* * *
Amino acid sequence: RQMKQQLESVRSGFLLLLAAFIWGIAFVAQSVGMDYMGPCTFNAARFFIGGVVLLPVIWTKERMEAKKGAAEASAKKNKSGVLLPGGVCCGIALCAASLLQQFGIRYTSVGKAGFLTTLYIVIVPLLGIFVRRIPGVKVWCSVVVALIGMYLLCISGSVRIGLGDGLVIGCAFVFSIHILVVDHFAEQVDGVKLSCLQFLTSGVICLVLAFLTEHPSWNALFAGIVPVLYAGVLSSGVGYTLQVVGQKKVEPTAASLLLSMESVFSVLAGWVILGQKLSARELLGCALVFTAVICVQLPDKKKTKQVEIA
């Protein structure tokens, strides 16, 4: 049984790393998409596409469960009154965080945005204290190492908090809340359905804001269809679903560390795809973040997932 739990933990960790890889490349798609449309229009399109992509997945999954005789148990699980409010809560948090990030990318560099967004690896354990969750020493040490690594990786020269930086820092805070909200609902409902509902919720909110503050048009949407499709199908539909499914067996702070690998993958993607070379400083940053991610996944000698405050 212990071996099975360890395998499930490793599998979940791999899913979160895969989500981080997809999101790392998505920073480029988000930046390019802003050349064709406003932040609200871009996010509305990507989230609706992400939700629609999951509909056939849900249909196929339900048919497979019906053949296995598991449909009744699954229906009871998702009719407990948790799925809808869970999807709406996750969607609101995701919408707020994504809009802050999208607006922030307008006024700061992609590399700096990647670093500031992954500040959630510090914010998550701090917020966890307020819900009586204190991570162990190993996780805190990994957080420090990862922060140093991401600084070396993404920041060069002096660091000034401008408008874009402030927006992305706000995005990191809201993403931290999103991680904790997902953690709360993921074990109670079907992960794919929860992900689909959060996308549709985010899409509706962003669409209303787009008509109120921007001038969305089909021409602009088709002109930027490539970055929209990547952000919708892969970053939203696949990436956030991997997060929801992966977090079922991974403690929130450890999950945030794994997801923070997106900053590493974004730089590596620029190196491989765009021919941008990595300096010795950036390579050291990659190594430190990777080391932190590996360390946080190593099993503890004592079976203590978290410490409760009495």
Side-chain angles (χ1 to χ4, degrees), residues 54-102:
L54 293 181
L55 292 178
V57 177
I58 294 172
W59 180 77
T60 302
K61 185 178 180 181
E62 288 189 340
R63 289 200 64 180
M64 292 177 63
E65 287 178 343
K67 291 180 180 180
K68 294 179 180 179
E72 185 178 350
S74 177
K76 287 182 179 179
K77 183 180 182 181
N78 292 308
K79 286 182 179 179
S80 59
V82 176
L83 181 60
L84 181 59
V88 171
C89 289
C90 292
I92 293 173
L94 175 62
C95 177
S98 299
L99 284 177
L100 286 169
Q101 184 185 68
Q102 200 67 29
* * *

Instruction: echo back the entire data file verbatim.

Amino acid sequence: RQMKQQLESVRSGFLLLLAAFIWGIAFVAQSVGMDYMGPCTFNAARFFIGGVVLLPVIWTKERMEAKKGAAEASAKKNKSGVLLPGGVCCGIALCAASLLQQFGIRYTSVGKAGFLTTLYIVIVPLLGIFVRRIPGVKVWCSVVVALIGMYLLCISGSVRIGLGDGLVIGCAFVFSIHILVVDHFAEQVDGVKLSCLQFLTSGVICLVLAFLTEHPSWNALFAGIVPVLYAGVLSSGVGYTLQVVGQKKVEPTAASLLLSMESVFSVLAGWVILGQKLSARELLGCALVFTAVICVQLPDKKKTKQVEIA
């Protein structure tokens, strides 16, 4: 049984790393998409596409469960009154965080945005204290190492908090809340359905804001269809679903560390795809973040997932 739990933990960790890889490349798609449309229009399109992509997945999954005789148990699980409010809560948090990030990318560099967004690896354990969750020493040490690594990786020269930086820092805070909200609902409902509902919720909110503050048009949407499709199908539909499914067996702070690998993958993607070379400083940053991610996944000698405050 212990071996099975360890395998499930490793599998979940791999899913979160895969989500981080997809999101790392998505920073480029988000930046390019802003050349064709406003932040609200871009996010509305990507989230609706992400939700629609999951509909056939849900249909196929339900048919497979019906053949296995598991449909009744699954229906009871998702009719407990948790799925809808869970999807709406996750969607609101995701919408707020994504809009802050999208607006922030307008006024700061992609590399700096990647670093500031992954500040959630510090914010998550701090917020966890307020819900009586204190991570162990190993996780805190990994957080420090990862922060140093991401600084070396993404920041060069002096660091000034401008408008874009402030927006992305706000995005990191809201993403931290999103991680904790997902953690709360993921074990109670079907992960794919929860992900689909959060996308549709985010899409509706962003669409209303787009008509109120921007001038969305089909021409602009088709002109930027490539970055929209990547952000919708892969970053939203696949990436956030991997997060929801992966977090079922991974403690929130450890999950945030794994997801923070997106900053590493974004730089590596620029190196491989765009021919941008990595300096010795950036390579050291990659190594430190990777080391932190590996360390946080190593099993503890004592079976203590978290410490409760009495």
Side-chain angles (χ1 to χ4, degrees), residues 54-102:
L54 293 181
L55 292 178
V57 177
I58 294 172
W59 180 77
T60 302
K61 185 178 180 181
E62 288 189 340
R63 289 200 64 180
M64 292 177 63
E65 287 178 343
K67 291 180 180 180
K68 294 179 180 179
E72 185 178 350
S74 177
K76 287 182 179 179
K77 183 180 182 181
N78 292 308
K79 286 182 179 179
S80 59
V82 176
L83 181 60
L84 181 59
V88 171
C89 289
C90 292
I92 293 173
L94 175 62
C95 177
S98 299
L99 284 177
L100 286 169
Q101 184 185 68
Q102 200 67 29